Bengawan Solo (River Solo) is a legendary Indonesian song. Composed by Gesang Martohartono in 1940, it was the first widely popular song to be written in Indonesian language.
Gesang, a singer and bandleader in Solo, wrote the song in 32-bar AABA Langgam form, intending it to be accompanied by a keroncong orchestra in keroncong asli style.
The lyrics tell of the majestic River Solo that flows through Central and East Java and has historically dominated the lives of the local people: it supports and sustains them but also regularly brings misery when it floods. The language is poetic and nostalgic. The melody, easy to sing and remember, appeals to a wide audience.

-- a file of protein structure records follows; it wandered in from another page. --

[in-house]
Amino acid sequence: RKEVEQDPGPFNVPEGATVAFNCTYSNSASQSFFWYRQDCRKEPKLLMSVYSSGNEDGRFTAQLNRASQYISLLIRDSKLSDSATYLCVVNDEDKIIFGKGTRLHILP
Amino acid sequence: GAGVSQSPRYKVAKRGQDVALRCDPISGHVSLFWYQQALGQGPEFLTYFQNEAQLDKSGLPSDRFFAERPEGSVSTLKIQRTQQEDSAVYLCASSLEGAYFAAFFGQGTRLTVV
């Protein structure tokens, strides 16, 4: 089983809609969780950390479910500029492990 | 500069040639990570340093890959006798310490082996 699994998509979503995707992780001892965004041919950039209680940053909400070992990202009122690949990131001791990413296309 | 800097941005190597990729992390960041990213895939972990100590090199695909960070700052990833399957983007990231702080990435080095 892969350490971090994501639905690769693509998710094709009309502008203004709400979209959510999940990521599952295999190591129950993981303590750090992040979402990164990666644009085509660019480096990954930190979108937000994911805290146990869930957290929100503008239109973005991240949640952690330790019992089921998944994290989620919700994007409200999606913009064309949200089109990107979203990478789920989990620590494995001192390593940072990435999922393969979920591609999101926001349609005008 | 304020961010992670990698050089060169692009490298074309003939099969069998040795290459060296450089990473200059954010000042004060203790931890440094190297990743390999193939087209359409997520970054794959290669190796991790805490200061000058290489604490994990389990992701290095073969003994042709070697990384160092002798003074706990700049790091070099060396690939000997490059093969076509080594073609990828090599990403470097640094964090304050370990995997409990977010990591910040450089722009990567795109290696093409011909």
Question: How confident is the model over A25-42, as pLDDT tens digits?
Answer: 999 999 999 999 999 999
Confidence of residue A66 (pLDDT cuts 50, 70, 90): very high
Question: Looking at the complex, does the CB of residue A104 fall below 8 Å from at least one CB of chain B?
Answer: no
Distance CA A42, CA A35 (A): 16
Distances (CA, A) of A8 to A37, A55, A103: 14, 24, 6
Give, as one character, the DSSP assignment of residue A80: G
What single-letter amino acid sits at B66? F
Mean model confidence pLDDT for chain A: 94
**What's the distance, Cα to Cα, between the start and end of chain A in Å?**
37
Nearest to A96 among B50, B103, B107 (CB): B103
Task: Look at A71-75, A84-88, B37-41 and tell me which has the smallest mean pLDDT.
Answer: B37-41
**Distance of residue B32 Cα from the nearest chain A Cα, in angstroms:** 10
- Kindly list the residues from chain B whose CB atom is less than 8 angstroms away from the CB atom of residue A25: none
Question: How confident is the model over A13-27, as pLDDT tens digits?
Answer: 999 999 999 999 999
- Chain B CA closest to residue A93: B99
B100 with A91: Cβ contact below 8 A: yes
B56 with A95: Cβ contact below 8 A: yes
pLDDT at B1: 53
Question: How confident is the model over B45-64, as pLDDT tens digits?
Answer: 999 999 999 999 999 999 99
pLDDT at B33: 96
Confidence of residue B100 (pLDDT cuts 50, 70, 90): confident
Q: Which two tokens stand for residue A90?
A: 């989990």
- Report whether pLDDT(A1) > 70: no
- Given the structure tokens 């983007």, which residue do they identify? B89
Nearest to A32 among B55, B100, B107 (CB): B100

Bengawan Solo became an instant hit throughout the archipelago when the local Japanese community promoted it on radio during the Japanese occupation of Java (1942-1945). After the Japanese surrender the song assumed significance as a nationalistic symbol in the Indonesian struggle for independence (1945-49): it was in the language of independence and it aroused feelings of national pride and patriotism.
Most frequently played in keroncong style, Bengawan Solo is also performed in pop, country, reggae, rock, regional Indonesian and other styles. The lyrics have been translated into regional Indonesian, English, Japanese, Chinese, Tagalog, Thai, Burmese and many other languages.
The song became so popular in Japan that it was believed to be a Japanese song and marketed as such. In 1990 Indonesia won a copyright dispute against Japan and Gesang subsequently received royalties for his composition.